Roleplaying > Adventurers-Upon-Return

Adventurers-Upon-Return (Chap II)

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Murometz:
Back In Ganse

It took the rest of the afternoon, a night under the stars, and a few hours the following morning, but the companions eventually reached the bleak and quiet Ganse. Having to move at an incredibly slow pace, often stopping to rest as they hauled their spoils, while being ever vigilant for possible thieves and of course, other bandits, the companions allowed themselves a few smiles when the dingy, nearly abandoned, mining town’s walls, were once again before them.


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After a few minutes walk the adventurers came upon a bizarre scene, some mad god’s idea of a settlement! It took a few minutes for their senses to adjust, and finally they realized what they had come upon. The signpost nailed to a particularly tall laurel stump helped as well.

“Qil’Vanaros’ Endless Dream Journey, Cutthroat Freakshow & Traveling Emporium. See the Wonders of the Nine Realms! Come One, Come All!!”

“Come witness the Dragon-Child!! The World’s Biggest Dwarf!! Lady Stick!! The Fire-Eater!! The Four-Legged Girl!! The Pickled Punks!! Hanging Kang!! The Living Ghoul!! Vallace the Whipmaster!! The Poisonous Boy!! The Centaur Princess!!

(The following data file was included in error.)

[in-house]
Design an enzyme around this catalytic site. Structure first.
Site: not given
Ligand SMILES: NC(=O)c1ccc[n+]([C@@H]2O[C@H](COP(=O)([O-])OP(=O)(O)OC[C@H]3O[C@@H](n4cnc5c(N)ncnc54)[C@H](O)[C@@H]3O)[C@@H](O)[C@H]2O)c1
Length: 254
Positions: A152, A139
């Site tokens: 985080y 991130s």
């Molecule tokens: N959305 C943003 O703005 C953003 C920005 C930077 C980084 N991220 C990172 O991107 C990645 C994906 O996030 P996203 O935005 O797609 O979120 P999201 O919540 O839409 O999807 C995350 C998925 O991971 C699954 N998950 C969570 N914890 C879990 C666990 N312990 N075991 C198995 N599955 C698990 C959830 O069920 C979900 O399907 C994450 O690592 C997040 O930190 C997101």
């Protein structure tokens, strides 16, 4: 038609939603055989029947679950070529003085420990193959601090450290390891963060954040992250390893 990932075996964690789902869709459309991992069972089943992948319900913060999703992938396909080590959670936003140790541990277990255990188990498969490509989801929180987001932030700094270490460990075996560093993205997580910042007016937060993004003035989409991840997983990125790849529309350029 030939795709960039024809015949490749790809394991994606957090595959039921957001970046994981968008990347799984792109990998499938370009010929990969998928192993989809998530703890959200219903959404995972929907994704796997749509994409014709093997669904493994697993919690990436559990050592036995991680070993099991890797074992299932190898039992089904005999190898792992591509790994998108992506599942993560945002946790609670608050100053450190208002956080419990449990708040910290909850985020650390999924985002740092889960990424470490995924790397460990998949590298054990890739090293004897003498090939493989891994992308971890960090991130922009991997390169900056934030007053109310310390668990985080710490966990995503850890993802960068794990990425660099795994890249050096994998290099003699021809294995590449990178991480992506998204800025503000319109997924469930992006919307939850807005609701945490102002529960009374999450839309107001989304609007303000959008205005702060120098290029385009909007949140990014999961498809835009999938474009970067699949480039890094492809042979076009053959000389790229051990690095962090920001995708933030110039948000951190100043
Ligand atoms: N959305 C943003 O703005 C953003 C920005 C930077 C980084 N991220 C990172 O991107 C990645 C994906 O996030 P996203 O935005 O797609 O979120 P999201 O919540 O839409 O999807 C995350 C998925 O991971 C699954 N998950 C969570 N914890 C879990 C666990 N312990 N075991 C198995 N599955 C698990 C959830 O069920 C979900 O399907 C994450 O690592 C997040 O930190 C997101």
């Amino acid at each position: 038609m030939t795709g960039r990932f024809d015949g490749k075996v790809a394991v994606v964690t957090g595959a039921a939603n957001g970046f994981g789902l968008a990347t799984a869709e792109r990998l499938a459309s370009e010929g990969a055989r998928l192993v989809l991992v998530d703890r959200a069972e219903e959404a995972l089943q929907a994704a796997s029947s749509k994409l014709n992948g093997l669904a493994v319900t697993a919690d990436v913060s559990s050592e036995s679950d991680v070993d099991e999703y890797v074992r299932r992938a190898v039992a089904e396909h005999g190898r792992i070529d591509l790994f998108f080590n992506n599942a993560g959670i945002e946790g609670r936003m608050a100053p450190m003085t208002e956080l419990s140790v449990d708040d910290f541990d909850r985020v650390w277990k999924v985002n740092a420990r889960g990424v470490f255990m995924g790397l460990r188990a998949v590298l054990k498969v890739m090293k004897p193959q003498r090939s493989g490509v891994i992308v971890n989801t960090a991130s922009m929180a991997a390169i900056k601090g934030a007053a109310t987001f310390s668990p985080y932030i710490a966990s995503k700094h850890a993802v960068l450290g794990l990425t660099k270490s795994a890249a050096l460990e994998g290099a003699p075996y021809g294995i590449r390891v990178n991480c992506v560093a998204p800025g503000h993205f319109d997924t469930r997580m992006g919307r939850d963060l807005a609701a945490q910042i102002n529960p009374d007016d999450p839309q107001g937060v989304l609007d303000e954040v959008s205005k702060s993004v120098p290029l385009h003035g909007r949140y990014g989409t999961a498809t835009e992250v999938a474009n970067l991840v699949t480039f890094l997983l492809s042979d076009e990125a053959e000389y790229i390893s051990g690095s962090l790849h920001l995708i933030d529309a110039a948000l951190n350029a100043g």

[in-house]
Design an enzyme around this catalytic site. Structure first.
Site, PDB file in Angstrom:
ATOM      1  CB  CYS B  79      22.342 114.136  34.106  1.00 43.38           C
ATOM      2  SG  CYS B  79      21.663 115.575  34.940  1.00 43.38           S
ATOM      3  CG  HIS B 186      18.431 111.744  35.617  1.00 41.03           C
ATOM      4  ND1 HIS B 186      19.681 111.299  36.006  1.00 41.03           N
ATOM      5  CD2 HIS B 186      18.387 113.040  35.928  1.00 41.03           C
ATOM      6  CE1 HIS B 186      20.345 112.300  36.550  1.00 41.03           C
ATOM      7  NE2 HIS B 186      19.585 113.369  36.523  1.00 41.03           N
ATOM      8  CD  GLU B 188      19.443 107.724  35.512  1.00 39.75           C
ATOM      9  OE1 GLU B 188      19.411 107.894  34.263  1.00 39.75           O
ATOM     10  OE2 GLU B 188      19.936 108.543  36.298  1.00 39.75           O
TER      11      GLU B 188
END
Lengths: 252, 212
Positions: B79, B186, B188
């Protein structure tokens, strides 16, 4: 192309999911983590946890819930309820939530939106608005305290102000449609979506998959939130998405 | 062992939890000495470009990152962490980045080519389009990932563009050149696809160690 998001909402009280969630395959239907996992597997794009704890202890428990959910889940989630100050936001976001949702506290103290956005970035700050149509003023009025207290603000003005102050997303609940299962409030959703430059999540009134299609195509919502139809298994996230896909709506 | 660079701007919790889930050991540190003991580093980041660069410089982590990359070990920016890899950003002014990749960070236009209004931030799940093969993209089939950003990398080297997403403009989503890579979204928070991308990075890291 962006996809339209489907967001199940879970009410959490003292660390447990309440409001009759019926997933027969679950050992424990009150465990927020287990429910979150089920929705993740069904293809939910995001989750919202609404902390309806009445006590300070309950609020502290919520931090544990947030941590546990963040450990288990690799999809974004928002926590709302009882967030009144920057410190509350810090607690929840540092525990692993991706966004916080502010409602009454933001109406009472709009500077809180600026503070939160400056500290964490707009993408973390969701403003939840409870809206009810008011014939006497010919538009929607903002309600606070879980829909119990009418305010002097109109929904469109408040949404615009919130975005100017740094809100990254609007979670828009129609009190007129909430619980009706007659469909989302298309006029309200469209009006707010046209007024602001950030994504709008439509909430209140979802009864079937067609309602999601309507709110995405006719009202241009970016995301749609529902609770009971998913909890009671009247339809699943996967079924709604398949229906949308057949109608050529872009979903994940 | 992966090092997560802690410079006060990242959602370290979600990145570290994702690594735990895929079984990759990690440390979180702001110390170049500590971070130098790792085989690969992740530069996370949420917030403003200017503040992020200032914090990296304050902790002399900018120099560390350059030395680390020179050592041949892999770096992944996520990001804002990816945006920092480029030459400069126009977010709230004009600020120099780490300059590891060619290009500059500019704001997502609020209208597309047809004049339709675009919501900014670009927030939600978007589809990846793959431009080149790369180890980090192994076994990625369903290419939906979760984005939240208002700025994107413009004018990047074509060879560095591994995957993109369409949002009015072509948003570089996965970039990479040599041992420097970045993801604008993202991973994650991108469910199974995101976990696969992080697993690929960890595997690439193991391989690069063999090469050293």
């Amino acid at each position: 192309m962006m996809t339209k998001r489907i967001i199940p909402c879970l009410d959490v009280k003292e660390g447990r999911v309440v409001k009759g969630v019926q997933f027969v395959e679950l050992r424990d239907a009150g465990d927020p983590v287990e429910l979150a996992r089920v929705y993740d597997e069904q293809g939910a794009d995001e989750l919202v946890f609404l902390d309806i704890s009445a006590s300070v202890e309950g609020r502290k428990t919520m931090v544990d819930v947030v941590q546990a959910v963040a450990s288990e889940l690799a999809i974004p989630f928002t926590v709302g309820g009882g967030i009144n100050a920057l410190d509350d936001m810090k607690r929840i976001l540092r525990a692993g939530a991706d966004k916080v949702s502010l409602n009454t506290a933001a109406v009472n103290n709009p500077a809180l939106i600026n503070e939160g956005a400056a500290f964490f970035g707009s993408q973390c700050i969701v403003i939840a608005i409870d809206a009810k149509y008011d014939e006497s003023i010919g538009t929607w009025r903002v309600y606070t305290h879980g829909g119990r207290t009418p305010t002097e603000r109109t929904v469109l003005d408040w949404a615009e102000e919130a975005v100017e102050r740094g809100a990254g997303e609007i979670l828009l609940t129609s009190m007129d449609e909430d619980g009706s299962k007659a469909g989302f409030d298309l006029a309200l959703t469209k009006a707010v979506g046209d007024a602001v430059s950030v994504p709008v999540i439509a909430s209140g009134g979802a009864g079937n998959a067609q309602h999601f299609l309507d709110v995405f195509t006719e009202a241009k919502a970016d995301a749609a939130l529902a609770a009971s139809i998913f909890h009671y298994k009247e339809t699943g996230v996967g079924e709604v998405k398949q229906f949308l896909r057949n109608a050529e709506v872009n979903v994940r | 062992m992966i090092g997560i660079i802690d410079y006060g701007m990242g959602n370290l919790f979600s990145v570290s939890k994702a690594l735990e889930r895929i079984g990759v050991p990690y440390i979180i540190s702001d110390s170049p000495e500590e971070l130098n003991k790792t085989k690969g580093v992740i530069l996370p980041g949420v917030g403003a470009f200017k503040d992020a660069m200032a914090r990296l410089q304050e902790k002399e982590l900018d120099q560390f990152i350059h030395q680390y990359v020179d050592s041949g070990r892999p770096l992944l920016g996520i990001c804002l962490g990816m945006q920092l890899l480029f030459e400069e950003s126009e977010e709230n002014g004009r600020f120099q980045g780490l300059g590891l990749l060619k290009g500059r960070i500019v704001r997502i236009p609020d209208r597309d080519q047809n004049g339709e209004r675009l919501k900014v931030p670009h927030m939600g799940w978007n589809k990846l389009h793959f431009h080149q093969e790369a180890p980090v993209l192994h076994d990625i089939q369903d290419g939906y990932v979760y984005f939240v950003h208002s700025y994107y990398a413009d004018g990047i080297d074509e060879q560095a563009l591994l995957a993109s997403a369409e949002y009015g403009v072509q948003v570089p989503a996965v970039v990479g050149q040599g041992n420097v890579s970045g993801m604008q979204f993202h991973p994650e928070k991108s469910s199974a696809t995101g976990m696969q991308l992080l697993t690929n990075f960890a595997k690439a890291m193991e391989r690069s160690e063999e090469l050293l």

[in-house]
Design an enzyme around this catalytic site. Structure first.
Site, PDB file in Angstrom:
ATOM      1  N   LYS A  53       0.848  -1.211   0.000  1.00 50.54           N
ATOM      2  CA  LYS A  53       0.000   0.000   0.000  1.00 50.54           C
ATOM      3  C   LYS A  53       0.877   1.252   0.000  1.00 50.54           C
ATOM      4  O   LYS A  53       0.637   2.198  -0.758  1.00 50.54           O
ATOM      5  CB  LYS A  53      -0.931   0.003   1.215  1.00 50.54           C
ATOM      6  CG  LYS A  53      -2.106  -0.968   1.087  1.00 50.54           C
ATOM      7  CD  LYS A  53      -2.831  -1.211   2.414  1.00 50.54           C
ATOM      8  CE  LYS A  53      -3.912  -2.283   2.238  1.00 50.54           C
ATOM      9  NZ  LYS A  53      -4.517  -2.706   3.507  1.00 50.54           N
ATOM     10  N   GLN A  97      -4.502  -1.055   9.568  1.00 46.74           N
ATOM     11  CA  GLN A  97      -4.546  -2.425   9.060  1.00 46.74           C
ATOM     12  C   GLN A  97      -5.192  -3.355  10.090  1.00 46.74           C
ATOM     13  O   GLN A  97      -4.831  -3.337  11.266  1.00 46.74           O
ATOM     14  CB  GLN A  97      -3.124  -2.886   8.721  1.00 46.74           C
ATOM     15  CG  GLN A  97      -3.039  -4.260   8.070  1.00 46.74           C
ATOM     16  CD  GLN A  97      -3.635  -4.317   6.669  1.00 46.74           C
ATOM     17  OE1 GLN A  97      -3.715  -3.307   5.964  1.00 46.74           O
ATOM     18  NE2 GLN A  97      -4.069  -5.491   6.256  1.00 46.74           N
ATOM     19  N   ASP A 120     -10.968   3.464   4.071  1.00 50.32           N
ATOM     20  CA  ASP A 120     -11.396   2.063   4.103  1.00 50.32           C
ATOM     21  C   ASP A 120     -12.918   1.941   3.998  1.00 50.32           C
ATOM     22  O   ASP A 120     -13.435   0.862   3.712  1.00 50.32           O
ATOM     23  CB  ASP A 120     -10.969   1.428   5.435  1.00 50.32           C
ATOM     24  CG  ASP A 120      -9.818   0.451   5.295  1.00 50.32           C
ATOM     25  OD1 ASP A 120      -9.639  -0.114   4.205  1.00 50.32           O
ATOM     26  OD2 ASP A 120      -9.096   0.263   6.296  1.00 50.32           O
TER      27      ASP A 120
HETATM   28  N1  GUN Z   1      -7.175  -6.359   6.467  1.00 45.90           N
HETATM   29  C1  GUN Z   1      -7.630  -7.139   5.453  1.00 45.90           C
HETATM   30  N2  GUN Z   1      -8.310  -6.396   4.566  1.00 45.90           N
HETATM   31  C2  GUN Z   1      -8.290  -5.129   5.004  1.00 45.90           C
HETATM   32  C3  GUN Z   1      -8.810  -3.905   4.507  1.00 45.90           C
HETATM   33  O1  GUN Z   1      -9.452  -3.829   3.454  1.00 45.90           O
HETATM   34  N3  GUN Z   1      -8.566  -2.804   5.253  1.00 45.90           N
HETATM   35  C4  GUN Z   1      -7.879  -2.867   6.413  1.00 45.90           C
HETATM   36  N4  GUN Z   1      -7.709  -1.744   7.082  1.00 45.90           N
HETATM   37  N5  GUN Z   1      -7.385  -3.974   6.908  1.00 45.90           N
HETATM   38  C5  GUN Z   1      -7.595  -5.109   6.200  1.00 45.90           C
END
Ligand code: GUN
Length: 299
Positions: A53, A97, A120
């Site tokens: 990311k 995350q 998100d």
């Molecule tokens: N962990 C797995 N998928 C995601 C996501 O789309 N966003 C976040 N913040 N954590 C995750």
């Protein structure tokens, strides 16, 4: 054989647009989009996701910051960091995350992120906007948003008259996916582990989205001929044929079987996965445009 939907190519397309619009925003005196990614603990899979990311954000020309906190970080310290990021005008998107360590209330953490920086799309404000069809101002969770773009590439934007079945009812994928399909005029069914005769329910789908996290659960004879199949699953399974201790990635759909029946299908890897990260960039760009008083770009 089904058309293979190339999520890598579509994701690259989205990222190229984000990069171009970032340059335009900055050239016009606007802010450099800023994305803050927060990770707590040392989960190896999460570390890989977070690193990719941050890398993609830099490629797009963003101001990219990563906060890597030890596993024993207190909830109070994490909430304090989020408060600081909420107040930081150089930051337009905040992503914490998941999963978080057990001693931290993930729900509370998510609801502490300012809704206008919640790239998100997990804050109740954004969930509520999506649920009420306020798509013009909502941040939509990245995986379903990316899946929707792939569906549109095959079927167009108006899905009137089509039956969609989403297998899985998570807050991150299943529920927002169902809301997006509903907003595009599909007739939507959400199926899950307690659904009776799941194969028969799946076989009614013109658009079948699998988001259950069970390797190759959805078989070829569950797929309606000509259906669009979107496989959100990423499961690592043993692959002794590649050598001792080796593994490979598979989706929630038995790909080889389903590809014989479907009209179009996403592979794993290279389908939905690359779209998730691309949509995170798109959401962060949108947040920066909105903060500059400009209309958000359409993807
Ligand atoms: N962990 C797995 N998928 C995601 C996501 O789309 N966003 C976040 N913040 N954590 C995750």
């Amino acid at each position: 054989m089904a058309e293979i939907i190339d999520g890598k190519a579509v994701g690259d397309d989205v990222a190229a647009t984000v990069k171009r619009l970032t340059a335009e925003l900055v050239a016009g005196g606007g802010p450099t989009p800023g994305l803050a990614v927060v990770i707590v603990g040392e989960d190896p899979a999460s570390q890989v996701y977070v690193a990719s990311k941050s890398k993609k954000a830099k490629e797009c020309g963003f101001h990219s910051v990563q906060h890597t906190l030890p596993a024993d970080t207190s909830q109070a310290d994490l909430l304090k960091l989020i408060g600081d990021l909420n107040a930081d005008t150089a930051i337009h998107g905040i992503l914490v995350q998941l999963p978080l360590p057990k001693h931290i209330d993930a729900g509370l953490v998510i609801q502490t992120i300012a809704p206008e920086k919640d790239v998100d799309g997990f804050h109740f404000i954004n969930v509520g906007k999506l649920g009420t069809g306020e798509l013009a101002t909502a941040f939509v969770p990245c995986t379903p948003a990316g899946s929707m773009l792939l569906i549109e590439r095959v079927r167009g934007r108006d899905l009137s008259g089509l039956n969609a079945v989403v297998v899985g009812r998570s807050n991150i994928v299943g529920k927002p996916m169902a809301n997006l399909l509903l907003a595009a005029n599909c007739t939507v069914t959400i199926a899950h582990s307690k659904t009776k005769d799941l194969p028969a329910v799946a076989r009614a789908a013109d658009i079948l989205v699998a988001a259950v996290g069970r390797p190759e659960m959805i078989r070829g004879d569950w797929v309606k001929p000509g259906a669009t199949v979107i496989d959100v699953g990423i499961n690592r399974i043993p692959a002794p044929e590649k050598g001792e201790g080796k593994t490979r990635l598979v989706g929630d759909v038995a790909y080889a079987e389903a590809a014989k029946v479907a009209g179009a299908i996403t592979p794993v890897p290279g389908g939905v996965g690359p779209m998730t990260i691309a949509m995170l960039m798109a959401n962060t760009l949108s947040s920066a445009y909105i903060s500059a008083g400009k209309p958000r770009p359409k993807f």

“Many Other Oddities, Curiosities, Horrors, and Wonders of Distant and Exotic Lands!!”


The sign seemed a bit amateurish, as if it was put up not by the proprietors of the traveling troupe, but by some local in his or her excitement.

The companions gazed upon the chaotic scene before them. Stretching along the normally featureless field surrounding the approach to Ganse, nestled like a noose around the town, was what appeared to be another town, though not a permanent one. Wagons, carts and tents took the place of houses and homes. Everything seemed temporary. From a distance, the caravan trains and jumbled stalls lining the huge meadow looked like fattened, lazing caterpillars to the companions. The whole place in fact seemed pregnant with anticipation.

It was late morning. As the companions made their way among the gypsies and their endless stalls, they noticed that half the folk were only stirring now, shaking off hangovers and worse ailments from the previous night. The other half, the carnies and merchants, seemed to be preparing, rushing around in frenetic states, setting up stalls, wheeling strange cages, readying small arenas for gaming and competition, and otherwise engaging in organizing and arranging everything for the evening’s coming festivities. There was even what looked like a huge, mobile inn, constructed to resemble a sea going vessel on wheels! The Landlubber, the sign read as the companions walked by.

All in all, there seemed to be more people outside the town walls, then the companions ever remembered there being inside the decrepit town.